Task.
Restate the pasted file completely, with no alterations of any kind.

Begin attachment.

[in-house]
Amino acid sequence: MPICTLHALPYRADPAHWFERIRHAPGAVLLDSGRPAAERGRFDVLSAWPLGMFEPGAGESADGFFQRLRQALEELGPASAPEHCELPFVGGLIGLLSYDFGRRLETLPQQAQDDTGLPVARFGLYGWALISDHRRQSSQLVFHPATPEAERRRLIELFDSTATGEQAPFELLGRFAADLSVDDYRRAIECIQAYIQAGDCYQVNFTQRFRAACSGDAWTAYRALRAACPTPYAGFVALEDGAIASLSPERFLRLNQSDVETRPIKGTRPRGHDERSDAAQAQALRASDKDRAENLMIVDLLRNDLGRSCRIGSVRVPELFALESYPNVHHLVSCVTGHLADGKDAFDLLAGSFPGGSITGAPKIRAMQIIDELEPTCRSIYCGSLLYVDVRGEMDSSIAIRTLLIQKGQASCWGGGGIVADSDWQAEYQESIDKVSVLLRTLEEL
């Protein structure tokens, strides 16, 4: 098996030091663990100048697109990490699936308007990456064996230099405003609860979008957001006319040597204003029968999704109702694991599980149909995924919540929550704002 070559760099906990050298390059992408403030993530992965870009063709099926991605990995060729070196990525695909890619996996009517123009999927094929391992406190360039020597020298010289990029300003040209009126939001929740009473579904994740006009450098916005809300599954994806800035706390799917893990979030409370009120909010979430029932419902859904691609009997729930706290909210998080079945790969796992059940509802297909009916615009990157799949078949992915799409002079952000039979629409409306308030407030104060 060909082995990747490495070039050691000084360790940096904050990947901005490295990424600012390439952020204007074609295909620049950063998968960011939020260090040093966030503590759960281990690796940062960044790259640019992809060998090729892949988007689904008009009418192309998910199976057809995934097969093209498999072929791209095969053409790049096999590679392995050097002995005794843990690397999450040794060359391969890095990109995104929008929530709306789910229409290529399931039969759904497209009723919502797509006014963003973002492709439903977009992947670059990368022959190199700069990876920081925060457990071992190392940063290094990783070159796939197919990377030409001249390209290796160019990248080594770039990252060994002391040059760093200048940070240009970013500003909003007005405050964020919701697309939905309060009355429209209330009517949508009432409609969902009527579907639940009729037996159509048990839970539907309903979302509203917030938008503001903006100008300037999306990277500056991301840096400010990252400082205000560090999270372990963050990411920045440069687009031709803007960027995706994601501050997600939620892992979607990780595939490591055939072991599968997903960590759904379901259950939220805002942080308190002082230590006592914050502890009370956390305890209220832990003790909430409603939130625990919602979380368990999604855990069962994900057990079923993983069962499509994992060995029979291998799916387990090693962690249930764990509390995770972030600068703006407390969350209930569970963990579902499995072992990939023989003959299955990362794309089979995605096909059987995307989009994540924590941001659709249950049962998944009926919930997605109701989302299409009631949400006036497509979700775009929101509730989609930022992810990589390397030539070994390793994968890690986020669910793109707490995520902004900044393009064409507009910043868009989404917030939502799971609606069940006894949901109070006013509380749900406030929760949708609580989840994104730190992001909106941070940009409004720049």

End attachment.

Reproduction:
[in-house]
Amino acid sequence: MPICTLHALPYRADPAHWFERIRHAPGAVLLDSGRPAAERGRFDVLSAWPLGMFEPGAGESADGFFQRLRQALEELGPASAPEHCELPFVGGLIGLLSYDFGRRLETLPQQAQDDTGLPVARFGLYGWALISDHRRQSSQLVFHPATPEAERRRLIELFDSTATGEQAPFELLGRFAADLSVDDYRRAIECIQAYIQAGDCYQVNFTQRFRAACSGDAWTAYRALRAACPTPYAGFVALEDGAIASLSPERFLRLNQSDVETRPIKGTRPRGHDERSDAAQAQALRASDKDRAENLMIVDLLRNDLGRSCRIGSVRVPELFALESYPNVHHLVSCVTGHLADGKDAFDLLAGSFPGGSITGAPKIRAMQIIDELEPTCRSIYCGSLLYVDVRGEMDSSIAIRTLLIQKGQASCWGGGGIVADSDWQAEYQESIDKVSVLLRTLEEL
């Protein structure tokens, strides 16, 4: 098996030091663990100048697109990490699936308007990456064996230099405003609860979008957001006319040597204003029968999704109702694991599980149909995924919540929550704002 070559760099906990050298390059992408403030993530992965870009063709099926991605990995060729070196990525695909890619996996009517123009999927094929391992406190360039020597020298010289990029300003040209009126939001929740009473579904994740006009450098916005809300599954994806800035706390799917893990979030409370009120909010979430029932419902859904691609009997729930706290909210998080079945790969796992059940509802297909009916615009990157799949078949992915799409002079952000039979629409409306308030407030104060 060909082995990747490495070039050691000084360790940096904050990947901005490295990424600012390439952020204007074609295909620049950063998968960011939020260090040093966030503590759960281990690796940062960044790259640019992809060998090729892949988007689904008009009418192309998910199976057809995934097969093209498999072929791209095969053409790049096999590679392995050097002995005794843990690397999450040794060359391969890095990109995104929008929530709306789910229409290529399931039969759904497209009723919502797509006014963003973002492709439903977009992947670059990368022959190199700069990876920081925060457990071992190392940063290094990783070159796939197919990377030409001249390209290796160019990248080594770039990252060994002391040059760093200048940070240009970013500003909003007005405050964020919701697309939905309060009355429209209330009517949508009432409609969902009527579907639940009729037996159509048990839970539907309903979302509203917030938008503001903006100008300037999306990277500056991301840096400010990252400082205000560090999270372990963050990411920045440069687009031709803007960027995706994601501050997600939620892992979607990780595939490591055939072991599968997903960590759904379901259950939220805002942080308190002082230590006592914050502890009370956390305890209220832990003790909430409603939130625990919602979380368990999604855990069962994900057990079923993983069962499509994992060995029979291998799916387990090693962690249930764990509390995770972030600068703006407390969350209930569970963990579902499995072992990939023989003959299955990362794309089979995605096909059987995307989009994540924590941001659709249950049962998944009926919930997605109701989302299409009631949400006036497509979700775009929101509730989609930022992810990589390397030539070994390793994968890690986020669910793109707490995520902004900044393009064409507009910043868009989404917030939502799971609606069940006894949901109070006013509380749900406030929760949708609580989840994104730190992001909106941070940009409004720049």